Tuesday, March 3, 2015

"Lives of the Saints" - A Mixed Bag of Tricks

By Judd Hollander
Photo by James Leynse

Playwright David Ives looks beyond the surface of what seems normal in Lives of the Saints, his latest batch of one act works. Presented by Primary Stages, this collection of tales can now be seen at The Duke on 42nd Street. However unlike All in the Timing, Ives' previous offering which hit the mark on almost every level, this time out things are much more incomplete, providing some very interesting high points but also a great many more low ones.

Things start off with the two-hander The Goodness of Your Heart, about the bonds of friendship and what happens when it comes with a price tag. Long time friends Del (Arnie Burton) and Marsh (Rick Holmes) are sitting in Del's backyard, drinking beers when Marsh suddenly asks Del for a new television set.

Nicely written, the story is slanted in such a way that Del keeps finding himself at fault for trying to understand or even question the nature of such a request. Marsh's line of reasoning being that if one friend asks another for a favor, the other should do it with no questions asked; and with no expectations in return, including the need for the receiver of the favor to say "thank you". That last being understood as a given, rather than having to be said aloud. 

This is a play that could easily go in many different directions and also be expanded into a full-length work. Burton is hilarious as Del, doing one slow burn after another as he tries to figure out what to do; while at the same time being continually stunned by Marsh's seemingly straightforward reasoning. As for Holmes, he gives off a sort of honest naivety, to which he later adds an aggrieved air; offended that Del is even questioning his motives by seemingly trying to put a limit on their decades long friendship. Unfortunately the piece ends too abruptly, with the final result not all that satisfying. 

Conversely, the next piece, Soap Opera, suffers from being far too long in length. Manny (Carson Elrod), a Maypole Repairman – a riff on the classic Maytag Repairman commercials - has fallen in love with a Washing Machine (Liv Rooth). This attraction stemming from childhood incidents involving his mother (Kelly Hutchinson), who continually berated young Manny for always getting his clothes dirty. At least until the Maypole Washer made everything sparkling clean. Love eventually bloomed between the unlikely twosome, with Manny's fixation eventually threatening to destroy any chance he has for a relationship with Mabel (Hutchinson), his high school sweetheart.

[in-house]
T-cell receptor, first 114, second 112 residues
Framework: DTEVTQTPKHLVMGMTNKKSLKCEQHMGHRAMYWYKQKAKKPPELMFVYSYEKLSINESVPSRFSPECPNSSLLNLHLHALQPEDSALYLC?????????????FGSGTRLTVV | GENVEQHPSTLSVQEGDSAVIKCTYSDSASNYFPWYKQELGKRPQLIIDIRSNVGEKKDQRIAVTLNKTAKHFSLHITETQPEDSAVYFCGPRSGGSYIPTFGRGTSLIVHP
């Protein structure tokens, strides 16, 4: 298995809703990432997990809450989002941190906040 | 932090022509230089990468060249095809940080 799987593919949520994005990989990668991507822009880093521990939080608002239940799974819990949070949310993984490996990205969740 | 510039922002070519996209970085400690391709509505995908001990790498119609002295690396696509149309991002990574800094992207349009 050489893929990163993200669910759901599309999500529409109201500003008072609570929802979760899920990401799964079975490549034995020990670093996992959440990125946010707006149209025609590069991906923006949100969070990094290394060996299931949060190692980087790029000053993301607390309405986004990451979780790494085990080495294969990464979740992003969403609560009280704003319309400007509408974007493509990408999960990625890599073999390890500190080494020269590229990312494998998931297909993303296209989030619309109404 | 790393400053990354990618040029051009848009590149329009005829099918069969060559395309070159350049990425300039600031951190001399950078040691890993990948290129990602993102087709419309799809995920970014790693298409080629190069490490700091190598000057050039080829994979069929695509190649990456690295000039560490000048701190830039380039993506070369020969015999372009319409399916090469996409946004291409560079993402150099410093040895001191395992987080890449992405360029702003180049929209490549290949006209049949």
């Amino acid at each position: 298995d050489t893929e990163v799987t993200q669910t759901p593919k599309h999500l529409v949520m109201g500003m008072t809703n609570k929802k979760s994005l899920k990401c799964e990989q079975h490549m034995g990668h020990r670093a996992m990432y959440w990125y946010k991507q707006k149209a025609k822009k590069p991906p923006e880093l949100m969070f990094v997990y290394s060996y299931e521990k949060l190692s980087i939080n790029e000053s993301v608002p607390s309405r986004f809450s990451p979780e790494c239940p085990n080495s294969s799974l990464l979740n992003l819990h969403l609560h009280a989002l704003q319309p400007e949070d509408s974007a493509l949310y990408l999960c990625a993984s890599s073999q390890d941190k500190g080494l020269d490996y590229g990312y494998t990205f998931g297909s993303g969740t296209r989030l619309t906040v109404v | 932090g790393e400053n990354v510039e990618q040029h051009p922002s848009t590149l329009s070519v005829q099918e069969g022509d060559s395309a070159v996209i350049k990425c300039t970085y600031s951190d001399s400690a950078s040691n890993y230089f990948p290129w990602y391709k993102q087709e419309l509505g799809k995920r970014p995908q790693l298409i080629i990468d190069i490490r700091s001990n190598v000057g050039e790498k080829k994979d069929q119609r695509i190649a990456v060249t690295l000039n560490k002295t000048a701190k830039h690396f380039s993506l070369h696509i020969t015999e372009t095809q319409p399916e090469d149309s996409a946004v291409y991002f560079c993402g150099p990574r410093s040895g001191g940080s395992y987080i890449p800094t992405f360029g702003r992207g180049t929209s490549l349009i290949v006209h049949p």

Certainly an unusual premise, the work is played far too broadly for the audience to really care about any of the characters involved. Another problem is the blatant overuse of bad puns--"...the Tide has turned....I gave it my All....so be of good Cheer", all of which quickly become more annoying than anything else. Also in the cast are Rick Holmes and Arnie Burton.

Next up is Enigma Variations. Feeling that everything in her life has happened before, Bebe 1 (Rooth) goes to Bill 1 (Burton), a psychiatrist of some sort. As Bebe I starts explaining her situation, Bill 2 (Holmes) and Bebe 2 (Hutchinson) emerge and start mimicking the words and gestures of Bill 1 and Bebe 1. Eventually the scene shifts from end to beginning, with different combinations of these four characters taking turns repeating the comments Bebe 1 and Bill I have made previously. The pace of each succeeding sequence continually increases, as does the speed of the words delivered and the movements of the actors, but the piece itself never really develops. Ives seems to be trying to talk about the infinite variety of the universes, with occasional bleeding between the different realities, but the work itself simply isn't all that interesting. Coming off as the weakest of all the one acts presented, it was probably a poor choice to put this one right before the intermission. Also in the cast is Carson Elrod.

Fortunately things start off much better in Act Two with Life Signs, by far the best offering in the group. Helen (Hutchinson), a rich, sixty-something woman has just passed away in her Park Avenue home, with her son Toby (Elrod), his wife Meredith (Rooth), and family physician Dr. Brinkman (Burton) in attendance. While Toby is left alone with the body, his wife seeing the Doctor out, Helen suddenly starts to talk, a situation the initially disbelieving Meredith soon sees for herself, in an absolutely hilarious sequence. Helen, unfettered from earthly obligations of social position and protocol, can finally afford to let her thoughts and opinions flow freely, and she proceeds to do just that. Most of said comments concerning sex, love and how she felt her just ended life was so unfulfilled and empty.